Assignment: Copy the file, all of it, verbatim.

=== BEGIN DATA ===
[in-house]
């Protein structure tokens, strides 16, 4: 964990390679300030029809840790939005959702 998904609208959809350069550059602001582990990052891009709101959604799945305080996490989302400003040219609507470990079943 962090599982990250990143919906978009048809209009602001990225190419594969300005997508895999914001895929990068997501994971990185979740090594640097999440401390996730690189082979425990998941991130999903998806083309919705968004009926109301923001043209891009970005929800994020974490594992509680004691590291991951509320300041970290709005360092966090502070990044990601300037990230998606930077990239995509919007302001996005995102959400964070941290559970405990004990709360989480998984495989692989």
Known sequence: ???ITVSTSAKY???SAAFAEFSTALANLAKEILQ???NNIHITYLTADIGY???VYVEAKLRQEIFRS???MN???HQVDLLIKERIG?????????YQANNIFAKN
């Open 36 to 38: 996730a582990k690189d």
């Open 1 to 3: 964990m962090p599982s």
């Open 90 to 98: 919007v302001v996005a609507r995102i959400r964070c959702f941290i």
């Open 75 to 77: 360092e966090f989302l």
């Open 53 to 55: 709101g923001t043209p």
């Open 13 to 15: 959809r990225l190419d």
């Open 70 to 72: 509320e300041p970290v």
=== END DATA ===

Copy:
[in-house]
């Protein structure tokens, strides 16, 4: 964990390679300030029809840790939005959702 998904609208959809350069550059602001582990990052891009709101959604799945305080996490989302400003040219609507470990079943 962090599982990250990143919906978009048809209009602001990225190419594969300005997508895999914001895929990068997501994971990185979740090594640097999440401390996730690189082979425990998941991130999903998806083309919705968004009926109301923001043209891009970005929800994020974490594992509680004691590291991951509320300041970290709005360092966090502070990044990601300037990230998606930077990239995509919007302001996005995102959400964070941290559970405990004990709360989480998984495989692989």
Known sequence: ???ITVSTSAKY???SAAFAEFSTALANLAKEILQ???NNIHITYLTADIGY???VYVEAKLRQEIFRS???MN???HQVDLLIKERIG?????????YQANNIFAKN
């Open 36 to 38: 996730a582990k690189d």
């Open 1 to 3: 964990m962090p599982s």
């Open 90 to 98: 919007v302001v996005a609507r995102i959400r964070c959702f941290i």
């Open 75 to 77: 360092e966090f989302l």
């Open 53 to 55: 709101g923001t043209p």
């Open 13 to 15: 959809r990225l190419d």
């Open 70 to 72: 509320e300041p970290v």